In The Woodlands, an iconic sculpture of a man lying half submerged in the ground rests in the median on the east side of the intersection of South Panther Creek and Woodlands Parkway, where it was installed by artist David Phelps in 1989.
"The Dreamer" is a triple life-size mixed media figurative sculpture originally commissioned by the Connemara Conservancy for a temporary outdoor exhibit in 1987. It was then cast in a limited edition of three bronze castings. The first was commissioned by The Woodlands, the second was commissioned by the city of Palm Desert, California, and the third was commissioned by the Sterling Research Group of Collegeville, Pennsylvania.
I reached out to David Phelps inquiring about the meaning behind the sculpture. According to Phelps, the sculpture's origins can be traced to his childhood home in California’s Central Valley Delta, where a maze of rivers meander and crisscross on their way to the San Francisco Bay and eventually, the Pacific Ocean. Middle River, Old River, and the San Joaquin River intersect to form the largest island in the Delta: Roberts Island. The threat of the island flooding left powerful memories and emotions with Phelps as he grew up, and sequentially influenced much of the artwork he created as an adult.
"The Dreamer" image came to him in a vision brought about through extreme fatigue. He was working long hours in the studio and at two in the morning, turned and unexpectedly saw a wax head leaning in the corner of the studio. This triggered a full-blown vision of "The Dreamer" image in his mind. This was the only time one of his sculptural images developed in this particular way, and maybe not surprisingly, this image seems to viscerally affect people more than any of his other works.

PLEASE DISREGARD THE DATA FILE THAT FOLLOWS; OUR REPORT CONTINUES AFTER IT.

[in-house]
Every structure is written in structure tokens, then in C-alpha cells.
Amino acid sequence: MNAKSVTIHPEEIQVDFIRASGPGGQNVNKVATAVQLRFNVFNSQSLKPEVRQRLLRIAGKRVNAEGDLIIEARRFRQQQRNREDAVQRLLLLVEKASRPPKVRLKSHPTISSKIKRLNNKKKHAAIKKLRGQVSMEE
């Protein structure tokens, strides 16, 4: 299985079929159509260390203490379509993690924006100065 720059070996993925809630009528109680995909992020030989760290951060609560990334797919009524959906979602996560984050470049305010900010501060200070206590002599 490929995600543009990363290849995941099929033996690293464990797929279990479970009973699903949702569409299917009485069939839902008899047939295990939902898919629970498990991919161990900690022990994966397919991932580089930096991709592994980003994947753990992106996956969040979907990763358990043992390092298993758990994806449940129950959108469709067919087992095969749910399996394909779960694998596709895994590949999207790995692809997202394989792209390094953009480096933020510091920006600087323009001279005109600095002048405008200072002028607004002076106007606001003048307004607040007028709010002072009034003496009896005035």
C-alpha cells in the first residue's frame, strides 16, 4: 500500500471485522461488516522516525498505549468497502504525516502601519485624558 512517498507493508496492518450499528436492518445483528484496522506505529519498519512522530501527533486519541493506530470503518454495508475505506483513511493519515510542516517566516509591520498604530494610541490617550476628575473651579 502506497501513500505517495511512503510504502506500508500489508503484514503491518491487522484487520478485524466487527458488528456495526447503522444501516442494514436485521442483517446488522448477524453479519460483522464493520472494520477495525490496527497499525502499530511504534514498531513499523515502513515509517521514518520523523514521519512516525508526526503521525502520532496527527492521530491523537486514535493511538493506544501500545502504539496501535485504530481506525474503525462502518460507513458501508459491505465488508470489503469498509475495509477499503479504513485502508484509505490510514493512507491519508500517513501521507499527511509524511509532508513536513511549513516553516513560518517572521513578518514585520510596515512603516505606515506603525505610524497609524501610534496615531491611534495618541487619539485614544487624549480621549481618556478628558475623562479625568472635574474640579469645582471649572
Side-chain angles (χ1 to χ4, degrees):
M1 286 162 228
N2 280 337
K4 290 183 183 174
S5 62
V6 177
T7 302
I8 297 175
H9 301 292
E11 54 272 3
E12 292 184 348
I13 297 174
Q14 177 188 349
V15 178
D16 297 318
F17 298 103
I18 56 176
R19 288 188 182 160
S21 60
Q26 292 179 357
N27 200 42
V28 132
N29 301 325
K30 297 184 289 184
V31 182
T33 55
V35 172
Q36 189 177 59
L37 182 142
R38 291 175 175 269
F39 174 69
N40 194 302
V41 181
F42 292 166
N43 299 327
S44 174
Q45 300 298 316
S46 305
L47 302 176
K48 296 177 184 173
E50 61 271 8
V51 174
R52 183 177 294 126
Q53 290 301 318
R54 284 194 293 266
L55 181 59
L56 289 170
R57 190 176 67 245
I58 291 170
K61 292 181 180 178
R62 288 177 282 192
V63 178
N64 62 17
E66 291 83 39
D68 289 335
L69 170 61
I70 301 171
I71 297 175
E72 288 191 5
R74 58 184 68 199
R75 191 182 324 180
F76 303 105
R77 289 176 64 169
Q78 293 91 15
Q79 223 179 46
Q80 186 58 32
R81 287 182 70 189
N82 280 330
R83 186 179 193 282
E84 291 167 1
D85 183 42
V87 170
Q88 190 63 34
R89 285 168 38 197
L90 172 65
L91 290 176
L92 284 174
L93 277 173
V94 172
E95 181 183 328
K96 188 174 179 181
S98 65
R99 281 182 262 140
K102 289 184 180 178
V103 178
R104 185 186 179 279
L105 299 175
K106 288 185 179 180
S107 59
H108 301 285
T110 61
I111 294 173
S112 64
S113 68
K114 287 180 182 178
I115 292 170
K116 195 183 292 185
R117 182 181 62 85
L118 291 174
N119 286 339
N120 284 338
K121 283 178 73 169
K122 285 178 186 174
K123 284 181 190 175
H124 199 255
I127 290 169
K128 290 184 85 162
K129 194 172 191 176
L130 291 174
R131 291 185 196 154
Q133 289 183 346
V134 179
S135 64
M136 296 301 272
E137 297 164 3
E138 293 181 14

Speaking for myself, the demeanor of "The Dreamer" appearing to be in a blissful and meditative state represents the subtle inner peace and tranquility I feel when I come home to The Woodlands and am surrounded by the lush greenery and healthy forest of pine trees that I grew up in. This feeling, of increased happiness from being surrounded by nature, is something that I know most of The Woodlands residents enjoy- and not just because they tell me, but because it has been proven through scientific studies.
According to an article from motherearthnews.com:
… researchers in Japan have collaborated on detailed investigations, including projects to evaluate physiological markers while subjects spend time among trees. These studies have confirmed that spending time in a forest setting can reduce psychological stress, depressive symptoms and hostility, while at the same time improving sleep, and increasing vigor and a feeling of liveliness. These subjective changes match objective results reported in nearly a dozen studies — that lower blood pressure, pulse rates and levels of cortisol accompany time spent amid trees and flowers…
Because so many aspects of human health and even longevity are negatively influenced by stress…green space is a promoter of human health, vitality and longevity.
Our master planned community boasts a land ratio of 28% green space (that’s 5% higher than George Mitchell’s original vision for The Woodlands intended). As residents of The Woodlands, we are privileged to enjoy the psychological and physiological benefits of being surrounded by trees, while simultaneously experiencing the conveniences associated with living in an urban environment with the close proximity and high accessibility of our unique town and village centers.